Making the transition to a 4 day working week

Close-up image of female hands open or close laptop on white table, work-life balance, working from home

Article by Marian Evans, Career Coach & Founder of Elevate BC

Who’s up for a 3-day weekend?!

If you are sceptical, or even if you’re not, this might help answer a few questions for you…

Transitioning into a four-day week whilst also maintaining/increasing productivity sounds impossible for most organisations who already consider themselves efficient. However, in 2019 Microsoft trialled a four-day week in their Japan office and found that productivity actually increased, not only that but it increased by a whopping 40%.

What is really important to note is that the reduction in days from five to four did not mean a reduction in pay.

It sounds on the face of it to be a no brainer. However, as with most things it is a move not to be taken lightly and there are lots to take into consideration, not least the nature of the work and the expectations of stakeholders.

The evidence as we have seen it brings into sharp focus what many Executive Coaches have said for years – working smarter not harder is the driver of productivity. With this in mind, the focus becomes one of maximising efficiency and effectiveness, doing more or as much in less time. There are lots of tools to support this and I expect there is likely to be a growth in organisations looking for this support.

So, if you are considering reducing the working week from five to four days there is value in firstly considering your people, your processes and the systems you use. Just as it the case with operational resilience the businesses that fair best will be the ones who are change ready and are able to maximise the opportunity. In theory the move can reduce costs (not wage bill) but certainly having less people occupying office spaces for example there is a saving, there are also benefits for the environment.

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Research published recently by the environmental organisation Platform London showed that moving the economy to a four-day, 32-hour working week—crucially, with no reduction in pay for workers—would reduce the UK’s carbon footprint by 127 million tonnes per year. This is a pretty attractive proposition not least for financial institutions tasked with demonstrating their commitment to ESG (Environmental Social & Governance)

I can see for organisations that have a regulatory ESG (Environmental Social and Governance) agenda a move to a four-day week offers advantages.

Whilst on the topic of resilience one of the key reasons behind the increased productivity is the improvement in the personal resilience of the workforce. Personal resilience is dependent on a host of factors including mental toughness, physical well-being, connectedness and emotional balance and purpose. If by spending less time in work, we invest in these areas then we become more effective, happier and more productive. We bring our best version of ourselves to work and the employer benefits greatly from this.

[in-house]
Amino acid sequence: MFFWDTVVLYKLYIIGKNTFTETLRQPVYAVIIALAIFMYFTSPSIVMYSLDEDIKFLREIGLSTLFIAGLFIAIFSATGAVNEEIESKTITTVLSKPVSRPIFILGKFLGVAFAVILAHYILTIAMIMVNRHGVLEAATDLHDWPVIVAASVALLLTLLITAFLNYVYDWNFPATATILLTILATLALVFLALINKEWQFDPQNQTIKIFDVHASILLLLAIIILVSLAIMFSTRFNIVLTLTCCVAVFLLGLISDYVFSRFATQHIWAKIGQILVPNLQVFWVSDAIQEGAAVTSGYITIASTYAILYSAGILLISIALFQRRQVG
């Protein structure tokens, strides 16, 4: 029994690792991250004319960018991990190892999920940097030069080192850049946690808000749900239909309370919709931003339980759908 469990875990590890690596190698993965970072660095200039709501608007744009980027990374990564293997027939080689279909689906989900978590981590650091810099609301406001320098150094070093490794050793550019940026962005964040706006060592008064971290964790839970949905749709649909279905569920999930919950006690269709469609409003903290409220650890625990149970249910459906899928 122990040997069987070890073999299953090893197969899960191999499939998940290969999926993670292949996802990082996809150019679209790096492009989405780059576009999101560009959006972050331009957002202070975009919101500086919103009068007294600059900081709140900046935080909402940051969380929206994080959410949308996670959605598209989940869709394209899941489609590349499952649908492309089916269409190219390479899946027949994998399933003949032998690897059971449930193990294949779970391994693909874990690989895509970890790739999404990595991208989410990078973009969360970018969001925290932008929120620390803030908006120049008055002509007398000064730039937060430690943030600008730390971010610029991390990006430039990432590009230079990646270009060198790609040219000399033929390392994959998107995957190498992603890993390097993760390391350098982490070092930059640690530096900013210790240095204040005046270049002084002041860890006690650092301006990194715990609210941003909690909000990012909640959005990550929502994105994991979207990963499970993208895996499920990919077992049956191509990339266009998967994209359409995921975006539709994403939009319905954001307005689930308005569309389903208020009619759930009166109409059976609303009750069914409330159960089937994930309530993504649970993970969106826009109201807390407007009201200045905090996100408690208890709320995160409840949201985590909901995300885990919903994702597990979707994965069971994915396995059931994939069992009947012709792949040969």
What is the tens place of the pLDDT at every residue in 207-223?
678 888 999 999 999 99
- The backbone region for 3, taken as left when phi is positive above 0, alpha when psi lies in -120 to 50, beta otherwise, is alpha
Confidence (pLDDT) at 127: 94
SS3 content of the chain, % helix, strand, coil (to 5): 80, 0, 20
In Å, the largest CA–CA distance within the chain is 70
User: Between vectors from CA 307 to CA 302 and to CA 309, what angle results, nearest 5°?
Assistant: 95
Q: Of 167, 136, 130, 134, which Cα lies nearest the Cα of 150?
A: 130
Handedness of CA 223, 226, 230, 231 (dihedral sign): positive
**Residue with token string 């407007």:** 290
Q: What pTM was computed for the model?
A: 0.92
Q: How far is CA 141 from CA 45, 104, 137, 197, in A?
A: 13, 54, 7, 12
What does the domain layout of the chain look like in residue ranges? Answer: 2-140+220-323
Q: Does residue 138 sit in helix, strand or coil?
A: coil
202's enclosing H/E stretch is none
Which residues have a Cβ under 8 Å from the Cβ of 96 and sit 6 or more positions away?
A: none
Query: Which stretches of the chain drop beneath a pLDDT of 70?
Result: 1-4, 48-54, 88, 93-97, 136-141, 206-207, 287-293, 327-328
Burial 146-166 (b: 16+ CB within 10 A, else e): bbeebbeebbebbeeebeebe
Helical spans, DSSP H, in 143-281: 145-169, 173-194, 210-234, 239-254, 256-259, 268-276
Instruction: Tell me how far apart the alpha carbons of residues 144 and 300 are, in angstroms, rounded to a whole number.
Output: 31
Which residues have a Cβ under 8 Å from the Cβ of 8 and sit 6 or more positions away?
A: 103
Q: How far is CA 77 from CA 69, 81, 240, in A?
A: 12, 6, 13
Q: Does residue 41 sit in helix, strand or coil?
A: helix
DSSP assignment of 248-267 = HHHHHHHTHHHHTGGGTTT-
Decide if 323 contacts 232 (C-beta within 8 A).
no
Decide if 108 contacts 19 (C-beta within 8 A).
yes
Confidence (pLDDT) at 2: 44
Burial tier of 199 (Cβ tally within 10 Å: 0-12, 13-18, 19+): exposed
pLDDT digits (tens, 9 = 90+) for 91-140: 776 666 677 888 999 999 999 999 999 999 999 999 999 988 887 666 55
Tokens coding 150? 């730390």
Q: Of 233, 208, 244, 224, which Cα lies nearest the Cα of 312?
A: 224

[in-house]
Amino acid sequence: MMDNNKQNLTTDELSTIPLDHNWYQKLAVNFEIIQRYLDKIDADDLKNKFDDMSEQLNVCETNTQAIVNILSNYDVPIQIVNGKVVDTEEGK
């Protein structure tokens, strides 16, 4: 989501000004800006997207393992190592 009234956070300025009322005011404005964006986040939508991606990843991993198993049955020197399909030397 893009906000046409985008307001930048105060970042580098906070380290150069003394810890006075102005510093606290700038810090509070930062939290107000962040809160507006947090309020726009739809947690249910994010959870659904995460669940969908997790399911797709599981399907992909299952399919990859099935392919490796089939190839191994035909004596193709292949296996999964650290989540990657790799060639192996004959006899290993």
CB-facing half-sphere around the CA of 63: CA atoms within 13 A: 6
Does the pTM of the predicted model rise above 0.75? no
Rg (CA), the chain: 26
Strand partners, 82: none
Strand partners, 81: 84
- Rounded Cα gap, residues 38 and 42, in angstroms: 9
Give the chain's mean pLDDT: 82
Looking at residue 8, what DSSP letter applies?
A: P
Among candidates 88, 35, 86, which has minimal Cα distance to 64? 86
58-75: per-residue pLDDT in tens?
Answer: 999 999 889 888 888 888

Happy teams improve culture, and this paves the way for success.

So why is a positive culture so powerful? Well, it’s not just that efficient and effective systems and processes reduce frustration and distraction, when people are happy and motivated, we see a direct impact on stress, absence, sickness and general HR issues including conflict.

Gracie Blakely economic commentator made a great point recently that the four-day week ‘… would provide some respite for some of the hardest-working people in our country’

So, this all sounds good but there is a caveat. Not all sectors can be so flexible. Some businesses work 27/7 and a four-day week has a big impact on shifts. There are also those who are worried that they simply can’t complete their duties in four days, meaning they will work long hours in those 4 days which actually has a much greater impact on their work life balance.

Maybe the answer is five shorter days…that’s a debate for another day.

The four-day week is also an attractive proposition to those looking for a new employer. According to zip recruiter firms that advertise four day weeks are receiving an average of 13 per cent more applications. In the current talent revolution that is a big deal. Who wouldn’t want to attract the best talent?

Another positive of the four-day week is that it makes life a little easier to balance the demand of work and home particularly for caregivers including parents. Have you tried to get a Dr or dentist appointment after hours?! It also gives time for household chores that otherwise (for most of us) get done on the weekend. Is it just me?!

There are currently pilots going ahead all over the world to assess the viability of the move. Many remain unconvinced but if the pilots demonstrate a break-even or increase in productivity then for many it will be a logical decision for many. However, some sectors will be easier to change than others as will be the case for individuals. Some predict it will expediate the drive for automation and potentially longer-term impacts. Watch this space.

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